Is your credit score suffering without your knowledge?
The warning signs were there as early as July. Even if your credit card interest rates aren't going up, your credit limit might be going down. If you're like me, and you tend to shread your credit card statements as soon as you receive them, you might want to open them up and ascertain that your credit card company hasn't suddenly lowered your limit.
It's not just your portfolio that may be shrinking lately. The spending limit on your credit card may be heading south as well. Credit-card issuers have been decreasing credit limits.
"Most banks are cutting their credit limits," says Carol Kaplan, spokeswoman for the American Bankers Association. "They're doing it to everyone."
To maintain a good score, Ulzheimer recommends that consumers use only 10 percent of their available credit. For example, someone with a credit limit of $100,000 should never carry a balance over $10,000. But in today’s climate, however, that $100,000 limit could be cut to $50,000, meaning that the $10,000 balance now represents 20 percent of your credit limit, and thus your credit score is dinged. Your score could go down even if you regularly pay off your minimum balance and your loans.
With delinquencies mounting by the day, credit card companies are going to try to limit consumer lending, not just in new loans and lines of credit, but with existing ones. Companies are looking at your salary, current debt, job, and locale to figure out if you are a riskier investment than you were, say, six months ago.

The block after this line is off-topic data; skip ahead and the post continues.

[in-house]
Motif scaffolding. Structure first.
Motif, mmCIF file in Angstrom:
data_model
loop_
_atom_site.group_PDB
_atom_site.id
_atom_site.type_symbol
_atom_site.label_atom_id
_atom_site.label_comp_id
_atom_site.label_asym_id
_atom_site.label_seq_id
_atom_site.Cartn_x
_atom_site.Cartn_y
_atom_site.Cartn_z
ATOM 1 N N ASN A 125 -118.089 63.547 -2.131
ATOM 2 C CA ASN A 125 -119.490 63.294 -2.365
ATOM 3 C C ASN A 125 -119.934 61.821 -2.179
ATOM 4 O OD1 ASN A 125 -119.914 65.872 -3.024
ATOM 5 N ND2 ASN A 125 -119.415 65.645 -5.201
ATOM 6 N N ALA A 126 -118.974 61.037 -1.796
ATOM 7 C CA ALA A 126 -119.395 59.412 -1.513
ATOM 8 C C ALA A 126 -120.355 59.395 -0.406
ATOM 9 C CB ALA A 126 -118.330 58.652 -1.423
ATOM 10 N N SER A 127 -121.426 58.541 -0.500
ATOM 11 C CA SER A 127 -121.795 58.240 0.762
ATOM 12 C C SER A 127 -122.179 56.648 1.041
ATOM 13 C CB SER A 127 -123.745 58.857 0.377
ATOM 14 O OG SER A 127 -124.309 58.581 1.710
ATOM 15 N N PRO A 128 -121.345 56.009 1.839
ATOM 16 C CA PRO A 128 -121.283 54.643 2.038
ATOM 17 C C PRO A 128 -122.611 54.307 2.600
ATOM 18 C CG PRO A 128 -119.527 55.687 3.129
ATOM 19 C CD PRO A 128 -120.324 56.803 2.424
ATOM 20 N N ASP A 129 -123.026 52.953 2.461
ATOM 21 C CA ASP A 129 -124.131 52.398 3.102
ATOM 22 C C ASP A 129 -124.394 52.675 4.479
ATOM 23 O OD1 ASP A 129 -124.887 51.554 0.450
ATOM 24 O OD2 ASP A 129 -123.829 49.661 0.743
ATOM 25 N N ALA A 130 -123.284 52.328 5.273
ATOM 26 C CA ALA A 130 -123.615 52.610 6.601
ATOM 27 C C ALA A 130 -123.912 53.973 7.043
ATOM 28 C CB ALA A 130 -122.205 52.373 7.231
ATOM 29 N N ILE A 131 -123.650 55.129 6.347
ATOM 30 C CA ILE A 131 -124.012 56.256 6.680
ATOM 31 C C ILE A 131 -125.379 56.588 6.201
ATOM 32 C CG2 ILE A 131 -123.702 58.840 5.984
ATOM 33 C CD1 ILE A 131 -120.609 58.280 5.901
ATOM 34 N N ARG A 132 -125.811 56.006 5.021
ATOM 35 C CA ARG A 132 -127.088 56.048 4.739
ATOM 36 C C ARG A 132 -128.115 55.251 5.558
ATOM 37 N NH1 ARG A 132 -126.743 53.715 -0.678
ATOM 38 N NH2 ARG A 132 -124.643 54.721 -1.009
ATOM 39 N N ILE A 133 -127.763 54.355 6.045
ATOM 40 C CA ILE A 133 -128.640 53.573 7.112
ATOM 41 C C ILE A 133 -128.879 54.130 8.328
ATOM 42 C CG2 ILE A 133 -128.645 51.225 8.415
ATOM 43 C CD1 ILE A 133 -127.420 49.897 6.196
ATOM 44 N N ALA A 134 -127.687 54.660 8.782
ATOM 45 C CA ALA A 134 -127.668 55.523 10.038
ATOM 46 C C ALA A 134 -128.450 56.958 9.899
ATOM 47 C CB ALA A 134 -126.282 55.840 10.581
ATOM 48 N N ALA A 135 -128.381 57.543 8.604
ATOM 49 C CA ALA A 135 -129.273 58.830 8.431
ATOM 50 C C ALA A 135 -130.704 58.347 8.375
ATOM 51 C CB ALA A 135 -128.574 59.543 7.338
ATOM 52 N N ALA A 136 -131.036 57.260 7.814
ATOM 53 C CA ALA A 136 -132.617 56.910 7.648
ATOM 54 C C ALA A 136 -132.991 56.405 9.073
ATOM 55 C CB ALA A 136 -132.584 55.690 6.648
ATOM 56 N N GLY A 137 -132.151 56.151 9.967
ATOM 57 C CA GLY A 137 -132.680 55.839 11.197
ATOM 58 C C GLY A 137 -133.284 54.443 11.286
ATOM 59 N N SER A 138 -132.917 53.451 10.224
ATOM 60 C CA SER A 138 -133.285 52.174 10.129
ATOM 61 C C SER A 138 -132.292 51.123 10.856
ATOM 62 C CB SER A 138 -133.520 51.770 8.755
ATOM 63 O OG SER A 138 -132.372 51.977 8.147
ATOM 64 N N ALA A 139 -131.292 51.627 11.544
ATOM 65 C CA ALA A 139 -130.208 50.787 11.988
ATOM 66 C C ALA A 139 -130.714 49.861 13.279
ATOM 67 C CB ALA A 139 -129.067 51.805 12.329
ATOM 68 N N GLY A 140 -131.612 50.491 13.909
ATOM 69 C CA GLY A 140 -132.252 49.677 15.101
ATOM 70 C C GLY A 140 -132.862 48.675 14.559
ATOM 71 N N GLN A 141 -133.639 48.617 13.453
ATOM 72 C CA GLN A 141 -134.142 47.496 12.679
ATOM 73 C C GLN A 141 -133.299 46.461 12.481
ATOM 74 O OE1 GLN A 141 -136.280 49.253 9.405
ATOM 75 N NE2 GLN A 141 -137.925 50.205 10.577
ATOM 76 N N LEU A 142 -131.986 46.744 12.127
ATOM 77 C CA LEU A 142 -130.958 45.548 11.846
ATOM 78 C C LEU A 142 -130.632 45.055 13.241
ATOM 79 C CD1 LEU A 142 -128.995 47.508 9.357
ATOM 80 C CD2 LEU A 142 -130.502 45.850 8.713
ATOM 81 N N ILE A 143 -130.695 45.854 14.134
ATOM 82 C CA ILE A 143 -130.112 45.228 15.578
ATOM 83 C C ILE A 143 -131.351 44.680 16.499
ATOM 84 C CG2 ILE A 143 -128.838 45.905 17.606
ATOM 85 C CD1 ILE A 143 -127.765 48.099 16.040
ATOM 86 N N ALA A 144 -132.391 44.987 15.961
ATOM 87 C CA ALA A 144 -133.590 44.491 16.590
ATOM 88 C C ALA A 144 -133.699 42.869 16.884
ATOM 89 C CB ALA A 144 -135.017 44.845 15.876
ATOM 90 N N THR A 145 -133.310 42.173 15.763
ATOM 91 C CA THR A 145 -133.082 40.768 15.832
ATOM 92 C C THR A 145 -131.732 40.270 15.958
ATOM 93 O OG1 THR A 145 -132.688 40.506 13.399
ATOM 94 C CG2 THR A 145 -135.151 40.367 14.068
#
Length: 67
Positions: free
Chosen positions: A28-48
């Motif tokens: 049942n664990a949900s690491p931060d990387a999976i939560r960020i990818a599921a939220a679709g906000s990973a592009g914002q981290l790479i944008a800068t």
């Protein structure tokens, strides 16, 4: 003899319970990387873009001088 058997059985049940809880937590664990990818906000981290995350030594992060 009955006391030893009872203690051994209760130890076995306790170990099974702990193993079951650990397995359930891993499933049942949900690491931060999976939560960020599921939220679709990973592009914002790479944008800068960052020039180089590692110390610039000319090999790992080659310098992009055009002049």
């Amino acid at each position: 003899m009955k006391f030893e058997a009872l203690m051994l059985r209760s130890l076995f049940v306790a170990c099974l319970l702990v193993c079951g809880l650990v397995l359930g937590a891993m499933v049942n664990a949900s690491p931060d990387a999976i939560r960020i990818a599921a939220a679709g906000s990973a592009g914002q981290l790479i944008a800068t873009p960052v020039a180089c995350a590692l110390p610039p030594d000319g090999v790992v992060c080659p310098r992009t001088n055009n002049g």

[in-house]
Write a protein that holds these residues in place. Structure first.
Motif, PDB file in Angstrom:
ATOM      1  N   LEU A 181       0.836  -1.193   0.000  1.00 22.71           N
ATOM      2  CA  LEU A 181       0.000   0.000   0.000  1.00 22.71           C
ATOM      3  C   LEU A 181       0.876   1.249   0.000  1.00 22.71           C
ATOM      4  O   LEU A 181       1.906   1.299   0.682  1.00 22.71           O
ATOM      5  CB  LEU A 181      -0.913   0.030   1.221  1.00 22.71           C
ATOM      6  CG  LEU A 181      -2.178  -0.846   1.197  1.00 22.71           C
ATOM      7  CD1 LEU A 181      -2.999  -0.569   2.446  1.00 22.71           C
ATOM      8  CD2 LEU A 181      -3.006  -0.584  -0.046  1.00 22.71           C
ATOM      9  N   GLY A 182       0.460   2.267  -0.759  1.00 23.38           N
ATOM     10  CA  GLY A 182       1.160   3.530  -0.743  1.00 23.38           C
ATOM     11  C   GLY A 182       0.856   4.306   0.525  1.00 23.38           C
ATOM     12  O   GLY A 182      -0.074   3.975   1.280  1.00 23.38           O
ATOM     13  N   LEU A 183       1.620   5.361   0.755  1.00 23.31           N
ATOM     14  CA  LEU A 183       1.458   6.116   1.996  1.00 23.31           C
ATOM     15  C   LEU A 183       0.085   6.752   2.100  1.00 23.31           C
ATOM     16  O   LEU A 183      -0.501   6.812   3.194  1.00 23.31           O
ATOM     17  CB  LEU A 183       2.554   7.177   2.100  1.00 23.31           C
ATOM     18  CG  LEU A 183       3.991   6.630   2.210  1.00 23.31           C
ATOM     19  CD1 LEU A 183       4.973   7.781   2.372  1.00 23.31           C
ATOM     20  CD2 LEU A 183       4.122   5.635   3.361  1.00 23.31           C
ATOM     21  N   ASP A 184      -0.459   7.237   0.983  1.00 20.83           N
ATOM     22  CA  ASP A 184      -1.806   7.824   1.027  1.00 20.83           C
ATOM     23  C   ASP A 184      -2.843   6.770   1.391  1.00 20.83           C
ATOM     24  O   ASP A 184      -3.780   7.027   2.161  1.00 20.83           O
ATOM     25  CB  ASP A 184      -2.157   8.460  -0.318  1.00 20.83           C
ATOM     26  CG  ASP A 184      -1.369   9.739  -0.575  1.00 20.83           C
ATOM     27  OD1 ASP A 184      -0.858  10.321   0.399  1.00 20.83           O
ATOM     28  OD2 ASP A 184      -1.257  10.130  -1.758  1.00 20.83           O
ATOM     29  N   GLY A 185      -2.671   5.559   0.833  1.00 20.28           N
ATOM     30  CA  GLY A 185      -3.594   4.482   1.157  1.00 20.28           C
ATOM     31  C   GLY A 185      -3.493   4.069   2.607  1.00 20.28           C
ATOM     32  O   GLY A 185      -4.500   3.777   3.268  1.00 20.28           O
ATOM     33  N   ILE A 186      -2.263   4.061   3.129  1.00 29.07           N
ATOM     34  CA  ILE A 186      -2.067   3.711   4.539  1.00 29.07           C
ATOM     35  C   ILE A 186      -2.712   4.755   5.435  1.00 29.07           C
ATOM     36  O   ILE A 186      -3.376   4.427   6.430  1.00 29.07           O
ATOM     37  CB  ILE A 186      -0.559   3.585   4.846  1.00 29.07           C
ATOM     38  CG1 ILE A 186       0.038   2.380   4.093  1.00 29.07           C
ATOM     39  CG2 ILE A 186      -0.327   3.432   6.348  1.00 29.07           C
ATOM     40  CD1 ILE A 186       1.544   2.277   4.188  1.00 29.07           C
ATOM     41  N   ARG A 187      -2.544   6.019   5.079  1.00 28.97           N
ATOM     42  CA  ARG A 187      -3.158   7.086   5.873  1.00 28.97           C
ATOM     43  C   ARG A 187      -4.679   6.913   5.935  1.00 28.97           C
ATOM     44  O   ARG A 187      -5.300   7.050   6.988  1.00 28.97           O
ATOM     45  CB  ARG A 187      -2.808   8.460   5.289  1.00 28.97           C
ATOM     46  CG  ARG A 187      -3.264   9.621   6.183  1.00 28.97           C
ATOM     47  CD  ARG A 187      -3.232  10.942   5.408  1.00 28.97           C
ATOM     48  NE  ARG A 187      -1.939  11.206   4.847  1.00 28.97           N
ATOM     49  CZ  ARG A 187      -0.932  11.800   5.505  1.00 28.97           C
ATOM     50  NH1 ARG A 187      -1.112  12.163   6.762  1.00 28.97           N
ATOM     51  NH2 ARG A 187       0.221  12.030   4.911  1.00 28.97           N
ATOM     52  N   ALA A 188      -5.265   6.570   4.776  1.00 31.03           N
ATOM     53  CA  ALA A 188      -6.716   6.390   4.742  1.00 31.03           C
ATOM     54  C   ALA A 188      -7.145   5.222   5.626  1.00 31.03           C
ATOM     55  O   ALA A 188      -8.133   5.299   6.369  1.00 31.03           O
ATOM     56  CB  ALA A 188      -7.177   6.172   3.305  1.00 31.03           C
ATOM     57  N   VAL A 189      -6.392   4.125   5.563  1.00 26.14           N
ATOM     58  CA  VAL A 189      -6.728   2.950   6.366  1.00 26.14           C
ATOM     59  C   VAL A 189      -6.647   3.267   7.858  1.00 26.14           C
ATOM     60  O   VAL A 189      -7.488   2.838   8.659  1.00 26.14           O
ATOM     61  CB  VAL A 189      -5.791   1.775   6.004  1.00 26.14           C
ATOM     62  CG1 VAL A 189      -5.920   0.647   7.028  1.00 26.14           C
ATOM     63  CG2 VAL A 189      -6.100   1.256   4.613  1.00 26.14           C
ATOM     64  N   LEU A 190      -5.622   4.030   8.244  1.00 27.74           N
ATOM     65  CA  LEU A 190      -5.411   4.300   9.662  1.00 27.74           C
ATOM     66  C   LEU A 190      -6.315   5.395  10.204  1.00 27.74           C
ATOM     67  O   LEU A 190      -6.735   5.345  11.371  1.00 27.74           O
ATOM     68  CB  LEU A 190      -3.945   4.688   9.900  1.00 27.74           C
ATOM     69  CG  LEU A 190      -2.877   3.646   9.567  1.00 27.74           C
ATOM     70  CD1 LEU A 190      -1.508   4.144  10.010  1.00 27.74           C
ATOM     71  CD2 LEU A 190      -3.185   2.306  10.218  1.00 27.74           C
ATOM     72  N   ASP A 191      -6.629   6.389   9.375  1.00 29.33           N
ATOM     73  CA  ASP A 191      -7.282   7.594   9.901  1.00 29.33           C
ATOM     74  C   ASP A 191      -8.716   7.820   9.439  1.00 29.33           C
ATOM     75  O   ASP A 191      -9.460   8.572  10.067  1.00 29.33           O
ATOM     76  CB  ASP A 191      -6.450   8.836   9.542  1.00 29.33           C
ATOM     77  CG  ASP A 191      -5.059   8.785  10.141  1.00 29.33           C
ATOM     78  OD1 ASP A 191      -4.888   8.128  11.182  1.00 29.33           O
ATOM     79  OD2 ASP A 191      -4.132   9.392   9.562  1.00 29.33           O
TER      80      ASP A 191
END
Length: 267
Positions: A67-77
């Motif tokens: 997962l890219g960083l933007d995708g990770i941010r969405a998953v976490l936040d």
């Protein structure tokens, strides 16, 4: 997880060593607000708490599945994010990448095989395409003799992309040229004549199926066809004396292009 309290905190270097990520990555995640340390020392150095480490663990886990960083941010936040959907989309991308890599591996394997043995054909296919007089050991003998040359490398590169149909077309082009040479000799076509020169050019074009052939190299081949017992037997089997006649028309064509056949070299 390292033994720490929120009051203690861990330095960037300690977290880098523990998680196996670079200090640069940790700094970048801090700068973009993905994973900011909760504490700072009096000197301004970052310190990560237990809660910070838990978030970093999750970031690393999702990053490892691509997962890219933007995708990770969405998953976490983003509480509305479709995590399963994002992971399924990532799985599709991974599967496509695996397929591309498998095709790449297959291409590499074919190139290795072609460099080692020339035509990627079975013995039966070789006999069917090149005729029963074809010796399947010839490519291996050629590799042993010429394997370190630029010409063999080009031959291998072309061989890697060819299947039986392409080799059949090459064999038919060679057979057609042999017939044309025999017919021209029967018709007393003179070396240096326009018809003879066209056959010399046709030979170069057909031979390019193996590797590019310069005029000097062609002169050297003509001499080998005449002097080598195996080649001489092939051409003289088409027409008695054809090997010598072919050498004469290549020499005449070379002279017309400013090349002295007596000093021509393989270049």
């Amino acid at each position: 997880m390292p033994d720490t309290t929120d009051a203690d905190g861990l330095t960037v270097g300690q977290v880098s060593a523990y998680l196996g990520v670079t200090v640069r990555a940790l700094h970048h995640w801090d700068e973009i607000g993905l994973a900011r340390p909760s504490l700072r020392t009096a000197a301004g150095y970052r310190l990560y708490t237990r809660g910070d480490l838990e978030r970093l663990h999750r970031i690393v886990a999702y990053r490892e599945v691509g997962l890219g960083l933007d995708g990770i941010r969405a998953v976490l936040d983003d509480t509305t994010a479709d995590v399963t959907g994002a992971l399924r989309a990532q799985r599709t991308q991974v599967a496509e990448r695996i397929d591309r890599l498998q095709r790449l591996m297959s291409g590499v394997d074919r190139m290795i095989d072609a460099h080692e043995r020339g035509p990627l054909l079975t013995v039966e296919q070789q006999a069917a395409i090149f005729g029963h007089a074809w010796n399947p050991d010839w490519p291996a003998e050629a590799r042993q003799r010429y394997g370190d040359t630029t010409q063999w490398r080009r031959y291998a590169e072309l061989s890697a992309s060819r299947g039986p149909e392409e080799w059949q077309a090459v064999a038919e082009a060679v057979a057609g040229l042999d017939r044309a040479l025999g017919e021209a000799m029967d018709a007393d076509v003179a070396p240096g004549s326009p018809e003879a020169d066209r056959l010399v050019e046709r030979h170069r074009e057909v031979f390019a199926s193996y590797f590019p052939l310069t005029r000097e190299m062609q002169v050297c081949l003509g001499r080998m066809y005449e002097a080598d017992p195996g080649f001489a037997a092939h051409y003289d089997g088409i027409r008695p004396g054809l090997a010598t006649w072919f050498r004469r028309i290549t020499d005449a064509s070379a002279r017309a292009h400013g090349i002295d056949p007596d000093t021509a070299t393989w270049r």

If you haven't gotten your free credit score this year, you might want to consider doing so. Keep an eye on your credit card limits, too, to see if they have shifted. It's not against the law for a credit card company to suddenly lower your credit score below the amount you currently owe, thereby inducing a whole boatload of over-limit penalties. Remember, when it comes to debt, credit card companies can do pretty much whatever they want.
Want to protect yourself?
- Pay down as much of your debt as you possibly can.
- Haggle with your credit card company to keep your credit limit at its current level.
- Keep an eye out for any mail from your bank or credit card company - don't just shred them!
- Know your credit score (click to read about a way to get your score for free).
I hate facing debt when I know I have a lot of it, but let's face it, folks, this problem isn't going away anytime soon.
Editorial Note: Any opinions, analyses, reviews or recommendations expressed in this article are those of the author’s alone, and have not been reviewed, approved or otherwise endorsed by any card issuer.